I find it deeply disturbing that Fr Longenecker and others like him should be so deaf to Vatican II and the rest of the Magisterium on the importance of the liturgy. We seem to have bred up a generation of 'conservative' Catholics who are simply non-liturgical in their thinking. It doesn't make sense, of course, to say that you are in favour of things like Latin and worship ad orientem if you think they make no contribution to the reverence, the worthiness, of the liturgy. The contrast he offers between reverence and formality is, well, amazing, and I'm sorry he didn't have the time to explain what he means. He appears to think that the rubrics of the Mass have no meaning and convey nothing to the onlooker. The outlook all this suggests is mind-boggling.

But Fr Longenecker is in favour of Latin and ad orientem worship and welcomes the spread of the Traditional Mass, so looking at this incoherent position from the other end, it would follow that he cannot believe that it makes no difference, has no positive effect on the faithful, is not a more reverent act of worship to offer God, and so on. So I suppose we just have to leave Fr L suspended between the two positions, like a novice trapeze artist.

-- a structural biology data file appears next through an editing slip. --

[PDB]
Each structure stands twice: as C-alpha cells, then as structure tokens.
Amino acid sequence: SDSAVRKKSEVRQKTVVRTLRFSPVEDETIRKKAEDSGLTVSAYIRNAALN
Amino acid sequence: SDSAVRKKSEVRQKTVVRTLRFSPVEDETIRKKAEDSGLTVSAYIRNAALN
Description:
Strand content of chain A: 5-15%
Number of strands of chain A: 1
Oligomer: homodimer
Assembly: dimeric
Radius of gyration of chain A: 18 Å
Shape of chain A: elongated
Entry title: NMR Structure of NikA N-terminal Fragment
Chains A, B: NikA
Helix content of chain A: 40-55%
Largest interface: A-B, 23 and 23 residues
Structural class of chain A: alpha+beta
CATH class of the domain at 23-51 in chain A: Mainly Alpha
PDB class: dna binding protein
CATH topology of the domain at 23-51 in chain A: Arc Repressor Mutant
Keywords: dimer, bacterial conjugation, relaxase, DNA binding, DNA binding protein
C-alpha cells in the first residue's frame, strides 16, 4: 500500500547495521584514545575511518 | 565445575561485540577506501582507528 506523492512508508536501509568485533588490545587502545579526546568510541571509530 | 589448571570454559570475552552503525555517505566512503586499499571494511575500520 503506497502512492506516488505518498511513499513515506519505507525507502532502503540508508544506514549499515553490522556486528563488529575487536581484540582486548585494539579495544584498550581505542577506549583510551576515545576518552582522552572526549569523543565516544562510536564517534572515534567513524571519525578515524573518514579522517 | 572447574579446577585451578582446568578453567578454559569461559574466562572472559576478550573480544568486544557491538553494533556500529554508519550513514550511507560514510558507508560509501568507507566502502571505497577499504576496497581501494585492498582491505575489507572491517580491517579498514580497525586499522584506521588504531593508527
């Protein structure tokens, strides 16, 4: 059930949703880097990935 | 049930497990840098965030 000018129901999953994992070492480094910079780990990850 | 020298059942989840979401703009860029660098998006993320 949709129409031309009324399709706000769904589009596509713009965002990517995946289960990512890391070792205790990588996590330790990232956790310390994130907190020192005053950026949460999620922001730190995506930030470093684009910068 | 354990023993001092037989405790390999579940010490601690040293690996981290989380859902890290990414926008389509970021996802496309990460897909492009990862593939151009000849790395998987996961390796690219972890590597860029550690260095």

The rest of us, however, can hold fast to the fact that the Mass is the central mystery of our spiritual lives. The offering of the Unbloody Sacrifice with beauty and reverence, and in continuity with our predecessors in the Faith, is of fundamental importance in itself, and of fundamental importance for us. We know from experience what we are taught by the Church in the magisterium, that the liturgy is a 'school of prayer', that it is capable of softening the hardened heart, of consoling us and giving us strength to live our Christian lives. It puts us in direct touch with God in a way that nothing else can: not even the personal religious experiences of the great mystics can compare with the experience of Christ, really and objectively present upon the Altar and offered to the Father as a sacrifice for the sins of the world.

Experiencing this mystery, being able to grasp deep down that this is what is going on, is not guaranteed by the sacramental validity of the rite. I can feel the anger of the neo-cons rising as I write these words: how dare I say that the supernatural mystery of the Mass is less visible, is harder to experience, in a vernacular celebration larded with abuses? Sorry, guys, it is a fact we have all experienced; don't take it out on me, take it out on the Congregation for Divine Worship:

... abuses “contribute to the obscuring of the Catholic faith and doctrine concerning this wonderful sacrament”. Thus, they also hinder the faithful from “re-living in a certain way the experience of the two disciples of Emmaus: ‘and their eyes were opened, and they recognized him.’”

Or better still, take it out on St John Paul II:

In various parts of the Church abuses have occurred, leading to confusion with regard to sound faith and Catholic doctrine concerning this wonderful sacrament.

If the mystery is not vividly conveyed to you in Mass, perhaps you should try coming to the Traditional Mass.

A beautiful and profound liturgical gesture, speaking volumes about the importance of the
Gospel: the celebrant blesses the deacon about to sing the Gospel, and the deacon
kisses the celebrant's hand on the Evangeliarum.